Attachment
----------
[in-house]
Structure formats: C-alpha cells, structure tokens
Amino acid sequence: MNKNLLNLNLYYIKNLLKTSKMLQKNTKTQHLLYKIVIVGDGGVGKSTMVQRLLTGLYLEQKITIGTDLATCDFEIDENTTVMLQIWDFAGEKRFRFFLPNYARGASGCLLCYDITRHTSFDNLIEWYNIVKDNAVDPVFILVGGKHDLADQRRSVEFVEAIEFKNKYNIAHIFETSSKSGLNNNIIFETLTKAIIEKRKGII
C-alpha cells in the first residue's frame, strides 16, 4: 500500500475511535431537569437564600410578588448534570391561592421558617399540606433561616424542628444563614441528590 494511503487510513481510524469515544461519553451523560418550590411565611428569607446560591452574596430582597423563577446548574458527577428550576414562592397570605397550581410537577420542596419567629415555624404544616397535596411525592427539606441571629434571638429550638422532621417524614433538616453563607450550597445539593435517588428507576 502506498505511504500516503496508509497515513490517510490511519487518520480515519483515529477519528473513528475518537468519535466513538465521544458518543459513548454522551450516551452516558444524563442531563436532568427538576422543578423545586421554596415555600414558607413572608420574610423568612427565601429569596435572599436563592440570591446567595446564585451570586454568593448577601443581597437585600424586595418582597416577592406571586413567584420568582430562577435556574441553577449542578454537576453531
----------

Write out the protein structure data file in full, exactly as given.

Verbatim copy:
[in-house]
Structure formats: C-alpha cells, structure tokens
Amino acid sequence: MNKNLLNLNLYYIKNLLKTSKMLQKNTKTQHLLYKIVIVGDGGVGKSTMVQRLLTGLYLEQKITIGTDLATCDFEIDENTTVMLQIWDFAGEKRFRFFLPNYARGASGCLLCYDITRHTSFDNLIEWYNIVKDNAVDPVFILVGGKHDLADQRRSVEFVEAIEFKNKYNIAHIFETSSKSGLNNNIIFETLTKAIIEKRKGII
C-alpha cells in the first residue's frame, strides 16, 4: 500500500475511535431537569437564600410578588448534570391561592421558617399540606433561616424542628444563614441528590 494511503487510513481510524469515544461519553451523560418550590411565611428569607446560591452574596430582597423563577446548574458527577428550576414562592397570605397550581410537577420542596419567629415555624404544616397535596411525592427539606441571629434571638429550638422532621417524614433538616453563607450550597445539593435517588428507576 502506498505511504500516503496508509497515513490517510490511519487518520480515519483515529477519528473513528475518537468519535466513538465521544458518543459513548454522551450516551452516558444524563442531563436532568427538576422543578423545586421554596415555600414558607413572608420574610423568612427565601429569596435572599436563592440570591446567595446564585451570586454568593448577601443581597437585600424586595418582597416577592406571586413567584420568582430562577435556574441553577449542578454537576453531